Caught up in the intrigue was Rebekah, the wife of Isaac, who preferred her scheming son Jacob, while Isaac loved his hunter son, Esau, more.
A Scheming Mother
“And Rebekah heard when Isaac spake to Esau his son. And Esau went to the field to hunt for venison, and to bring it. 6 And Rebekah spake unto Jacob her son, saying, Behold, I heard thy father speak unto Esau thy brother, saying, 7 Bring me venison, and make me savoury meat, that I may eat, and bless thee before the LORD before my death. 8 Now therefore, my son, obey my voice according to that which I command thee. 9 Go now to the flock, and fetch me from thence two good kids of the goats; and I will make them savoury meat for thy father, such as he loveth: 10 And thou shalt bring it to thy father, that he may eat, and that he may bless thee before his death.
A Scared Son
11 And Jacob said to Rebekah his mother, Behold, Esau my brother is a hairy man, and I am a smooth man: 12 My father peradventure will feel me, and I shall seem to him as a deceiver; and I shall bring a curse upon me, and not a blessing.
A Determined Commitment to Deception
13 And his mother said unto him, Upon me be thy curse, my son: only obey my voice, and go fetch me them. 14 And he went, and fetched, and brought them to his mother: and his mother made savoury meat, such as his father loved. 15 And Rebekah took goodly raiment of her eldest son Esau, which were with her in the house, and put them upon Jacob her younger son: 16 And she put the skins of the kids of the goats upon his hands, and upon the smooth of his neck:17 And she gave the savoury meat and the bread, which she had prepared, into the hand of her son Jacob.
A Lying Son
18 And he came unto his father, and said, My father: and he said, Here am I; who art thou, my son?” (Gen. 27:5-18)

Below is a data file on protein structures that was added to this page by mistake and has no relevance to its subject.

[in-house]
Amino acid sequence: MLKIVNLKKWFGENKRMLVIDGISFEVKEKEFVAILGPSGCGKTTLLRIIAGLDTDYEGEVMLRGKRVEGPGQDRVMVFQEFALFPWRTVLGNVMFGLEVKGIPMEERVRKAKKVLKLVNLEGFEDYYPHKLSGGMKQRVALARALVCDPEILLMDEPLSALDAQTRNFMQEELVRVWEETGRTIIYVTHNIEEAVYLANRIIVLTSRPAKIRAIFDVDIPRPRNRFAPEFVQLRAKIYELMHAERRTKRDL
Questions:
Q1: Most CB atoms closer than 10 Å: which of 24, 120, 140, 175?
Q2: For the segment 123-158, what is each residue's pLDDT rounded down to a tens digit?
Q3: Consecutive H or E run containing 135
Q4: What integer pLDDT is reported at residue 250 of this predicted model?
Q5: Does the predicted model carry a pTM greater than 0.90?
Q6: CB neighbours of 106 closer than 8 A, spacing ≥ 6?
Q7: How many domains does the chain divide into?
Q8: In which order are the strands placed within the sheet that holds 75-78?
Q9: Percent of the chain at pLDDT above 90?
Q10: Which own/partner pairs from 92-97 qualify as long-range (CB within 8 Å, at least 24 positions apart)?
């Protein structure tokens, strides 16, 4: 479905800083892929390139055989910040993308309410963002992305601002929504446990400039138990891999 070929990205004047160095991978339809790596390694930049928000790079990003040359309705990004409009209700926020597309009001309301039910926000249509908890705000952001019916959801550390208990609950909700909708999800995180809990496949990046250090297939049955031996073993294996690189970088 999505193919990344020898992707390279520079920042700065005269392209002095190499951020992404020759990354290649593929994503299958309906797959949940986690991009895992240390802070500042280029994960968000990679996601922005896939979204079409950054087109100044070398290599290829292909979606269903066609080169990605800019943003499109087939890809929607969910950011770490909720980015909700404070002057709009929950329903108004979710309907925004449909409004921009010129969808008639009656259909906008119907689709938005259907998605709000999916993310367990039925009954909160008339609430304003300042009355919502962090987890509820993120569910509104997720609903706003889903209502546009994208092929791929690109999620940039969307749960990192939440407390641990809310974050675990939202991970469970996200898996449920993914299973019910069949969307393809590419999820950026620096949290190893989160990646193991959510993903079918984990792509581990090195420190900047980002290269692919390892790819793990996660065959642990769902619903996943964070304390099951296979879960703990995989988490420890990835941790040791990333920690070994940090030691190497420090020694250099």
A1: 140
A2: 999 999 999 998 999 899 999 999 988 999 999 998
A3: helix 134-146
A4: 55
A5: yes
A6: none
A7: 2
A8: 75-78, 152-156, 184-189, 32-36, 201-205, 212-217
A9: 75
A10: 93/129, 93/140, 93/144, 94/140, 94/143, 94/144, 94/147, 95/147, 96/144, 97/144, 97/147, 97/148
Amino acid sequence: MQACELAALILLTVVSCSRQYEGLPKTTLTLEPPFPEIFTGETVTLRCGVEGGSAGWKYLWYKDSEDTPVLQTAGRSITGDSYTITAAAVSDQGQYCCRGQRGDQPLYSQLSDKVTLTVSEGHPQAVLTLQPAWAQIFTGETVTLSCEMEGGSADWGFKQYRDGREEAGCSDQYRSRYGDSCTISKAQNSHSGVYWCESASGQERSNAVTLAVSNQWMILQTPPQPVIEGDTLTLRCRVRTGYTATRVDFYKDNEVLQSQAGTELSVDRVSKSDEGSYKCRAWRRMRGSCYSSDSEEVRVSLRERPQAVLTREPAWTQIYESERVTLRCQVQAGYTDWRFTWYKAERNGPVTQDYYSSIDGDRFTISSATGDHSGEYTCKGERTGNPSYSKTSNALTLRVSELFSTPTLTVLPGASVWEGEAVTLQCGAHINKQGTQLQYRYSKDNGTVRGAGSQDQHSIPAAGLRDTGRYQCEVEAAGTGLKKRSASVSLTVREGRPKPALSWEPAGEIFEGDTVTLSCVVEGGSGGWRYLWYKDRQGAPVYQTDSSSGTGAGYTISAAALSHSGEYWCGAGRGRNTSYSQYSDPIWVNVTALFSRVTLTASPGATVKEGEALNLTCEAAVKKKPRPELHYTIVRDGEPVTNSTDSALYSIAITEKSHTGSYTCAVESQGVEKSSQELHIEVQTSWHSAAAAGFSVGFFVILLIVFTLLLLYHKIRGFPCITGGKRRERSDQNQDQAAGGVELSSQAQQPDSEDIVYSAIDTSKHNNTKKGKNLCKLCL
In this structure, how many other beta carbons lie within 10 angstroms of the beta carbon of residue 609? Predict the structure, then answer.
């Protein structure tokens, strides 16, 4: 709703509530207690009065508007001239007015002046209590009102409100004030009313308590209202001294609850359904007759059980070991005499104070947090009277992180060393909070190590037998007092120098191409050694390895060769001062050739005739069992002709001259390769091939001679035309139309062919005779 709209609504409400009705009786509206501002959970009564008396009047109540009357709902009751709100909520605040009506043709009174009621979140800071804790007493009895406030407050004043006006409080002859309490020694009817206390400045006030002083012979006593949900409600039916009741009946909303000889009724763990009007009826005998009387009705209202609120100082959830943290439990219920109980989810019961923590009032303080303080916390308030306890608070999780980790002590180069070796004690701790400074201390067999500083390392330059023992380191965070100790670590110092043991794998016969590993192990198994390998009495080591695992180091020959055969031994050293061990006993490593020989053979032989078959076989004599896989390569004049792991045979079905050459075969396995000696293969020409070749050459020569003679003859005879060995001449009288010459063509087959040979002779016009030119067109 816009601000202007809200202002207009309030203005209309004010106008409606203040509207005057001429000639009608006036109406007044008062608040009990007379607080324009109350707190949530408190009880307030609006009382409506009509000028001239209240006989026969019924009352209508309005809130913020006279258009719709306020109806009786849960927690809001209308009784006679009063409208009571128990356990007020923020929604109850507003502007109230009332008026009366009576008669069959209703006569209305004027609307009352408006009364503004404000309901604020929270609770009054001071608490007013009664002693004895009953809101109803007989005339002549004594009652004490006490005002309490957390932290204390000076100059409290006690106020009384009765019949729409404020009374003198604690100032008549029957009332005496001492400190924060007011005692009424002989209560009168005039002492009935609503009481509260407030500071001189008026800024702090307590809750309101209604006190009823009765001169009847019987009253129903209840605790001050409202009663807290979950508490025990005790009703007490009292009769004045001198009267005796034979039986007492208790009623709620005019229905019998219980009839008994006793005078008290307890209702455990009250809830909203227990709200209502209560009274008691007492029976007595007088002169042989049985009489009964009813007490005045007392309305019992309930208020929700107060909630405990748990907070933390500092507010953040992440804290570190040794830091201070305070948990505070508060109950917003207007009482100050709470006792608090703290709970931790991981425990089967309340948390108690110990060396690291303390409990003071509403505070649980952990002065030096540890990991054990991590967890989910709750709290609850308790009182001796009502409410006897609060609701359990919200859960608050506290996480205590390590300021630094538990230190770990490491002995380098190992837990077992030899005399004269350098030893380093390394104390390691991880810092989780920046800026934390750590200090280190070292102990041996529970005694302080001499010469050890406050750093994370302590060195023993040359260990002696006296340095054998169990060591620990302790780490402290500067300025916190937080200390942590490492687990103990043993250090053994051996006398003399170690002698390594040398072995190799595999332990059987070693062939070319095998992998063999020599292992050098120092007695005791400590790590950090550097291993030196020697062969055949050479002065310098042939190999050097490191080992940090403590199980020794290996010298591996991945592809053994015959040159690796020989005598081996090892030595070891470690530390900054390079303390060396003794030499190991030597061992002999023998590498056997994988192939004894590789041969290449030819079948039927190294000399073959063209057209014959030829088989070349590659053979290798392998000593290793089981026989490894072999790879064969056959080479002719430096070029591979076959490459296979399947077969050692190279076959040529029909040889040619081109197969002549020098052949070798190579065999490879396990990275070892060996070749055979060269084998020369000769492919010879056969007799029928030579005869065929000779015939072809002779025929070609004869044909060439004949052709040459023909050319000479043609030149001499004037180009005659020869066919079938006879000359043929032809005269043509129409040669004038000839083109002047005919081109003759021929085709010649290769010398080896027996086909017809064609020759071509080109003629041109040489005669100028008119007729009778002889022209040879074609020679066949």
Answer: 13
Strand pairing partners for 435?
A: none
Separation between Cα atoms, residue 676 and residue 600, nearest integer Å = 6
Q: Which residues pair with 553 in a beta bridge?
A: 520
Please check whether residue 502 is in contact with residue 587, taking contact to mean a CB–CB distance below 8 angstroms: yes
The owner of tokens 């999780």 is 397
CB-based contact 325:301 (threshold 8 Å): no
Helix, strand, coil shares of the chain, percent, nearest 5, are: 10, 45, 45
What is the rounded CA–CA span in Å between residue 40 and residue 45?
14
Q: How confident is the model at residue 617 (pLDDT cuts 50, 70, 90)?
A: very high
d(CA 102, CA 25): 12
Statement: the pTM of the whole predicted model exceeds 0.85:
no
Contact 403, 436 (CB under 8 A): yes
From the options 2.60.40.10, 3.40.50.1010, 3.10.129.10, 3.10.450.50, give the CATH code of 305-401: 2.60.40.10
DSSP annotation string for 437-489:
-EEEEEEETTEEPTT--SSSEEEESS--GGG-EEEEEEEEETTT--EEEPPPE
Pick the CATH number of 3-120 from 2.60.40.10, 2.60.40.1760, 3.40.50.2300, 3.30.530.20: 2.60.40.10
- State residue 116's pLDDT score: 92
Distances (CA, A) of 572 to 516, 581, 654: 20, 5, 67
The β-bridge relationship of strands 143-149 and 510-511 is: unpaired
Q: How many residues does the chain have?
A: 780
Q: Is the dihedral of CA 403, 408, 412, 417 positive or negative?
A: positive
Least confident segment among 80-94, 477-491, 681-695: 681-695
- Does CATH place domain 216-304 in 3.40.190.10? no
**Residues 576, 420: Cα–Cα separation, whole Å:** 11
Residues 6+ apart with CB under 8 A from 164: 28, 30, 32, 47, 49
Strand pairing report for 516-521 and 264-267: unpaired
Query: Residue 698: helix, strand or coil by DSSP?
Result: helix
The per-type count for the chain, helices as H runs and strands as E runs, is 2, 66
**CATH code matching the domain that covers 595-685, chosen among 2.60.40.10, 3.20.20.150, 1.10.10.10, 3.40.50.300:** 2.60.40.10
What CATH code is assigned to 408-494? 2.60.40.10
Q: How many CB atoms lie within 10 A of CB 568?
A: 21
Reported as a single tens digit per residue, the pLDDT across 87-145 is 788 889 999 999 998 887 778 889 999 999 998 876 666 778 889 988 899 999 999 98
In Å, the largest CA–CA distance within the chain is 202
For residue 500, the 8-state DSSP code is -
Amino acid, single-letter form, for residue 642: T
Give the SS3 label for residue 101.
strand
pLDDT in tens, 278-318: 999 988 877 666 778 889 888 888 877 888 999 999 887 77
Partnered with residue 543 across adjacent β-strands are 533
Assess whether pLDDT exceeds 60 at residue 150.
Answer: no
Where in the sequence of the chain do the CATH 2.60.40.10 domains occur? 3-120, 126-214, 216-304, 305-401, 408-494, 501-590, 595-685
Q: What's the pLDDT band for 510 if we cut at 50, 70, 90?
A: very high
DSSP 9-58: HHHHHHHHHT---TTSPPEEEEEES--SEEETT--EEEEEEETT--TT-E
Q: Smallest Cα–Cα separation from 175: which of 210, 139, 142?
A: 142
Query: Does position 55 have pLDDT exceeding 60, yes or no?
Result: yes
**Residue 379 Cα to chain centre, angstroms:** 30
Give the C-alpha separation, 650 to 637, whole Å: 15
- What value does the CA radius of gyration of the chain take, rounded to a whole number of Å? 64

Eventually, Jacob received the double portion, he received the blessing, he became the leading patriarch. While the process was sinful, the end product was within the Providence of God, who had decreed the elder would serve the younger.
“And his father Isaac said unto him, Come near now, and kiss me, my son. 27 And he came near, and kissed him: and he smelled the smell of his raiment, and blessed him, and said, See, the smell of my son is as the smell of a field which the LORD hath blessed: 28 Therefore God give thee of the dew of heaven, and the fatness of the earth, and plenty of corn and wine: 29 Let people serve thee, and nations bow down to thee: be lord over thy brethren, and let thy mother’s sons bow down to thee: cursed be every one that curseth thee, and blessed be he that blesseth thee.” (Gen. 27:26-30)
From a human point of view, Jacob received the double portion, and patriarchal leadership, because he schemed, with his mother, to receive Isaac’s blessing, and because Esau despised his birthright as a profane person, and sold it cheaply.
The gospel exhortation comes to look diligently, lest any person fail of the grace of God and “Lest there be any fornicator, or profane person, as Esau, who for one morsel of meat sold his birthright.17 For ye know how that afterward, when he would have inherited the blessing, he was rejected: for he found no place of repentance, though he sought it carefully with tears.” (Heb. 12:16-17)